Saturday, 21 December 2013

The Yellow Wallpaper: If You’re Not Already a Feminist, You Will Be After This

A Review By: Amelia
Feminism has been a real hot topic button this past year and I, for one, couldn’t be more pleased. It’s time the world stops looking at women like objects and accepts we’re people too. In honour of the feminist movement I dug into my old university books to retrieve The Yellow Wallpaper–one of the first feminist pieces ever written and a truly creepy short story regardless of that!

Presented in first person through a collection of journal entries, The Yellow Wallpaper is about a woman whose doctor husband has confined her to the attic room to recuperate from what he calls a ‘temporary nervous depression’, a diagnosis given to many women of the period. The windows are barred, the door is locked, and with nothing to stimulate her she becomes obsessed by the pattern and colour of the room’s wallpaper until it finally drives her mad.

The author of The Yellow Wallpaper is Charlotte Perkins Gilman who was a prominent American feminist, sociologist, novelist, and a utopian feminist because of her unorthodox concepts and her lifestyle during a time when her accomplishments were considered exceptional for women. The Yellow Wallpaper was a semi-autobiographical piece which she wrote after a severe bout of postpartum psychosis.

The main character of the piece is the woman narrator who goes unnamed for the whole piece (although it’s likely when the woman mentions a Jane near the end of the piece that she’s speaking about herself). The narrator is an upper-middle-class woman who is newly married and a mother who is being treated for a slight hysterical tendency. Her only company is a secret diary and, as she loses grip of reality, the women she’s convinced are creeping around the attic room’s yellow wallpaper. As she loses touch with the ‘outside’, she comes to understand her ‘inside’ with a comprehension that the women (the ones she sees in the yellow wallpaper) are forced to creep around and hide inside their own lives–lives prescribed to them by the society in which they were born into–and that she herself is one of them.

The Yellow Wallpaper is hailed as one of the first and one of the most important feminist works as it illustrates the attitudes in the 19th century towards women and the physical and mental health. The woman’s mental decline is thought to be normal by her doctor husband because he couldn’t be bothered to learn that it’s not. It’s a story that brings up feelings of sadness for the women and immense angry at a world that would let this happen to anyone. It’s also a truly creepy piece of literature, though it’s not a horror story based on anything supernatural: it’s quite the opposite. The horror comes from the realization that the narrator (and perhaps the readers themselves) has to lose herself to understand herself and that speaks deeply to the fact that many women, then and now, don’t get to just be themselves; they have to label themselves and then hide behind that.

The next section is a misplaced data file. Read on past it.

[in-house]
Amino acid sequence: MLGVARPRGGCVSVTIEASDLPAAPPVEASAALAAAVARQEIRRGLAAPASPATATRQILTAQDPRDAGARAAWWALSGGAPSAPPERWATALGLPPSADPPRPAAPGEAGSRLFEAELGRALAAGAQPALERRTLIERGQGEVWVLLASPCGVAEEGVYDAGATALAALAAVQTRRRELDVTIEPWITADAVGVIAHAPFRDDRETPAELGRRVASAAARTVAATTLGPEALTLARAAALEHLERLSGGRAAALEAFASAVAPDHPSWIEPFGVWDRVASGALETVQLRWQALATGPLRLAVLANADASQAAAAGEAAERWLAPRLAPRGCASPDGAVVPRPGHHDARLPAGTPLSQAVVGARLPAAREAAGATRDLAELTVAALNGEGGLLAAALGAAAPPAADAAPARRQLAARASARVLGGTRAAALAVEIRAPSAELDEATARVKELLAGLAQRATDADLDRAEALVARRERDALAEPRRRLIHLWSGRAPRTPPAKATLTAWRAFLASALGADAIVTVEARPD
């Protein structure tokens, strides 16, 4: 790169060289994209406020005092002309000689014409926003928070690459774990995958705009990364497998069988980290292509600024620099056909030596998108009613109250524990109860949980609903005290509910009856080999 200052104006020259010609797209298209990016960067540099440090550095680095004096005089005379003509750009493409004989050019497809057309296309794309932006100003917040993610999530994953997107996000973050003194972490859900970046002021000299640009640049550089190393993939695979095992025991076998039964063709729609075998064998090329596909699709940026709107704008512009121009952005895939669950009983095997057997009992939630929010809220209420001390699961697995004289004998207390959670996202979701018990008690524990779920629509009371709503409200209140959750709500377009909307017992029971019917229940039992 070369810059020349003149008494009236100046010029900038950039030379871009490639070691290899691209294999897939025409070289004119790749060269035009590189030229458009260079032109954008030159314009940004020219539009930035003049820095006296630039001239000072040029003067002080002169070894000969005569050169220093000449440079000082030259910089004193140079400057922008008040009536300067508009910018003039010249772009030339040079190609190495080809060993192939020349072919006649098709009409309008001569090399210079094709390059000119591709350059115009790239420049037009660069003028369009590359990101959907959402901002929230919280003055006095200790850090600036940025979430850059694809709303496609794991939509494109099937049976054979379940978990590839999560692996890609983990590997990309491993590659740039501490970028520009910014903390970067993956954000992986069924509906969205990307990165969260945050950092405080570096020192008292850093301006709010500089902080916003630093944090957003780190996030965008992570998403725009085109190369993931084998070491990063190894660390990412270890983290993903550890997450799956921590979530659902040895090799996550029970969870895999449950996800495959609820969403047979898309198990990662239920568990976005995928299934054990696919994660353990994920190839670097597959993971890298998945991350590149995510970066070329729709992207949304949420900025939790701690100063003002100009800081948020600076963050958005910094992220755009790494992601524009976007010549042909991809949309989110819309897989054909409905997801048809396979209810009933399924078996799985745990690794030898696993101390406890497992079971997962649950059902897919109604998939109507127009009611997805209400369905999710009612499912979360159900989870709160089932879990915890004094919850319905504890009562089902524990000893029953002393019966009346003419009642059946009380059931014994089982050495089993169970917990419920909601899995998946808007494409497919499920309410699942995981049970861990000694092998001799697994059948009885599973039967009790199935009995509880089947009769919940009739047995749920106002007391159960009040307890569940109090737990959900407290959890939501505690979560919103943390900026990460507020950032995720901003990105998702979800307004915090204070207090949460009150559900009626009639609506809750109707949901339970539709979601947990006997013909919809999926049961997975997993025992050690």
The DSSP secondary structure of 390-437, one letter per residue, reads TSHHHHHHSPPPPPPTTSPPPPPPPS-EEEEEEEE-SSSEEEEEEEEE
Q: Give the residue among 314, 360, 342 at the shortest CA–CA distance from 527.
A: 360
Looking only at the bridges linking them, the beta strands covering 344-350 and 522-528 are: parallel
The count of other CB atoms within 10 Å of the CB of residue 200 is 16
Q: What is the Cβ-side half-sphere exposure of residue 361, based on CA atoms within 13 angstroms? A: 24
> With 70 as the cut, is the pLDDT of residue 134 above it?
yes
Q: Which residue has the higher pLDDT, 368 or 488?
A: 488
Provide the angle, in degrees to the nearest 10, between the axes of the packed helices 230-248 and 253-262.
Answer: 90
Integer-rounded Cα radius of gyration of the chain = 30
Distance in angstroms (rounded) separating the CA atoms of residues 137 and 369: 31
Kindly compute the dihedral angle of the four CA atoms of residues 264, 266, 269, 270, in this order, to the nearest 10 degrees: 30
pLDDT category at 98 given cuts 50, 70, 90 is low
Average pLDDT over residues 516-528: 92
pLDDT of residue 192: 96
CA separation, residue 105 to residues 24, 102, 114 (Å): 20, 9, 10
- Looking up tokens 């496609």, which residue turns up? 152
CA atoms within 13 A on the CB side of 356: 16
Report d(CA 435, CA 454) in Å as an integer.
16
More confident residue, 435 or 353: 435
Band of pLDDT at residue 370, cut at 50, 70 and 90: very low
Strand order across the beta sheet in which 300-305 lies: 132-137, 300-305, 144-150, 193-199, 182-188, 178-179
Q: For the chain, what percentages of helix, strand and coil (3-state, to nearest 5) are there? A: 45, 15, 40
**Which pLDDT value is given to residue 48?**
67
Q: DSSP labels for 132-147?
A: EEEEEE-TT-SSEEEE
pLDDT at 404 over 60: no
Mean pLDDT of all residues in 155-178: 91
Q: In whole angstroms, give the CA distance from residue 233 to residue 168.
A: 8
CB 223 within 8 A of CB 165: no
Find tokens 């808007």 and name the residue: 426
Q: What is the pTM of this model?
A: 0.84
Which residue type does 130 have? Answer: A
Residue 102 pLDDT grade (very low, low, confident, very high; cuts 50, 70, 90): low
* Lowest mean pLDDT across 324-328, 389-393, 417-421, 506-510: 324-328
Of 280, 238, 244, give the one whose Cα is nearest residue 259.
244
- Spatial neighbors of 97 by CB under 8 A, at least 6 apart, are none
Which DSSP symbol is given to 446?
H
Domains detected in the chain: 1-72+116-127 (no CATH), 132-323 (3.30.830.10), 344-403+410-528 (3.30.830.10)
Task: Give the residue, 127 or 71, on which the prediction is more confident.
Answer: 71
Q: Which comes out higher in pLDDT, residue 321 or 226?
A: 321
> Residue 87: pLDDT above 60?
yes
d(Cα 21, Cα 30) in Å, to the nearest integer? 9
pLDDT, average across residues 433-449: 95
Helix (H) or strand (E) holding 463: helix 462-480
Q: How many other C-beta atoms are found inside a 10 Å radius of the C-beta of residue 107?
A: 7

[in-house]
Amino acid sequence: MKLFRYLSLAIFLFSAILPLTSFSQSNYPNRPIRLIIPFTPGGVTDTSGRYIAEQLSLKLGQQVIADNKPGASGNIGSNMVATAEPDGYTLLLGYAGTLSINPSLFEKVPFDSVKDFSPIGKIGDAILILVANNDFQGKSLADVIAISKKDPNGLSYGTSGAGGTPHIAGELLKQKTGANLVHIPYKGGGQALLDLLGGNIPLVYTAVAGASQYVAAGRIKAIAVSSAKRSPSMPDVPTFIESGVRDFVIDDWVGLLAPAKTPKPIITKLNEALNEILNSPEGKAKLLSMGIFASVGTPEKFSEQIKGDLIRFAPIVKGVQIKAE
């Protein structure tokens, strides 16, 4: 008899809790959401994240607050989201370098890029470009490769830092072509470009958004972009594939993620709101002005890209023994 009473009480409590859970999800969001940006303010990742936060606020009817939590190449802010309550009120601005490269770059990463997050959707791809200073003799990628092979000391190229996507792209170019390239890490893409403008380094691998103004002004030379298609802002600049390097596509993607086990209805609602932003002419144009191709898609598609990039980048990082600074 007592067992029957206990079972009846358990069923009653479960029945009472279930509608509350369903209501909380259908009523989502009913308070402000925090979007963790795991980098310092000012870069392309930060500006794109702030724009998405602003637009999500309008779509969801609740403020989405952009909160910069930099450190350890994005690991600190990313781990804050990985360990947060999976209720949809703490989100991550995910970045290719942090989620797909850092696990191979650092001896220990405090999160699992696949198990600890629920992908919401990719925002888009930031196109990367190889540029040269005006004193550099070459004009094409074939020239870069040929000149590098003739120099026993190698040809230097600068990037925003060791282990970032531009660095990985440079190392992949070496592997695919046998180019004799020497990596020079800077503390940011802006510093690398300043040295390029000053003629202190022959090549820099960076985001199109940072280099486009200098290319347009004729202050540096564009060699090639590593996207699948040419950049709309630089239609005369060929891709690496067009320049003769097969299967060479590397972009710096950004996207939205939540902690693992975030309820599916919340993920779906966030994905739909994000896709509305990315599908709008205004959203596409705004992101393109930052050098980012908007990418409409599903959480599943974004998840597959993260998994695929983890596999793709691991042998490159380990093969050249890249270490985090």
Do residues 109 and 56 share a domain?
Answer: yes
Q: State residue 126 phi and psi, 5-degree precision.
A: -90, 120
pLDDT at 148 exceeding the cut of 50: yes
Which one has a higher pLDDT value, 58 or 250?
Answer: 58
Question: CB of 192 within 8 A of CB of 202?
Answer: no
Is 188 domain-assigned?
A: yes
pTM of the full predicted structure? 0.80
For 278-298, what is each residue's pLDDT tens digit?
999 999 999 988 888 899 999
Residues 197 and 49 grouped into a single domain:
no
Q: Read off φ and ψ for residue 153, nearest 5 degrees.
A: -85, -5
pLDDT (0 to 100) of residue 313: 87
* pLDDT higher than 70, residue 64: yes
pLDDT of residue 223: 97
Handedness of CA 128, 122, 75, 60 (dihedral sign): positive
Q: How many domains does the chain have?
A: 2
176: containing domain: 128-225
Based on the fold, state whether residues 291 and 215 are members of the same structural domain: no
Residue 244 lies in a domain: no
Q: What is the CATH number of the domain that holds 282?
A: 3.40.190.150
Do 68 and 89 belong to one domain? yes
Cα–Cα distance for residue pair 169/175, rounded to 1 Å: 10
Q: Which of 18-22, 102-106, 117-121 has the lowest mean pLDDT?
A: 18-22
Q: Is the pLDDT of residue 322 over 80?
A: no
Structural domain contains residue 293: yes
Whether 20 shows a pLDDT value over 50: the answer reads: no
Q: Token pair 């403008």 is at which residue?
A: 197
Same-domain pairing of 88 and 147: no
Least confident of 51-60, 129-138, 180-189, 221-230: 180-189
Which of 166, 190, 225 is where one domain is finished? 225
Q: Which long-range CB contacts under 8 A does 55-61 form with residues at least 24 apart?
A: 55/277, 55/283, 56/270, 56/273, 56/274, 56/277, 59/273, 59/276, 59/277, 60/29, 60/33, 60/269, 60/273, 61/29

My final thoughts on short story The Yellow Wallpaper is that it’s hauntingly amazing. Gilman writes with such conviction because, well, she went through something disturbing like this, and doesn’t that make it even more terrifying? It’s a short story that feminists, their critics, and everyone else should read to gain perspective and possibly even lose some.

Saturday, 14 December 2013

The Ring: A Novel Turned Movie Turned Manga – And I Must Say, Third Time’s a Charm!

A Review By: Amelia
I love ghost stories! I’ve said it in reviews in the past and I’m saying it again in this review–a well thought out ghost story is the best thing to read, and no one country does a good ghost story quite like Japan does. The Ring is one such ghost story. Like Ju-On (also one of my favourite ghost stories!) it features people with regular lives that are suddenly thrust into a horrifying world of vengeful, powerful ghosts.

The story of The Ring (for those that don’t know) is about a cursed video. When a journalist looks into the existence of the supposedly cursed videotape, she unleashes a ghost upon herself that’s bent on revenge. With the video giving little to nothing in way of clues, all seems lost. When her little boy accidentally watches it though, she has just one week to solve the mystery of the cursed video if she wishes to save herself and her child. Although there are some major changes from the book to the manga to the movies (not even including the American remake) this is the plot that drives the terrifying story forward.

Koji Suzuki penned the novel The Ring to which all other Ring stories are based off of, but if you’ve seen the Japanese movie and read the book, they are very, very different. This is down to Hiroshi Takahashi, who adapted the novel to a manga and a screenplay form. Along with the manga artist Misao Inagaki, Takahashi has taken a story that was good and made it great with a deeper look into the mythos of The Ring.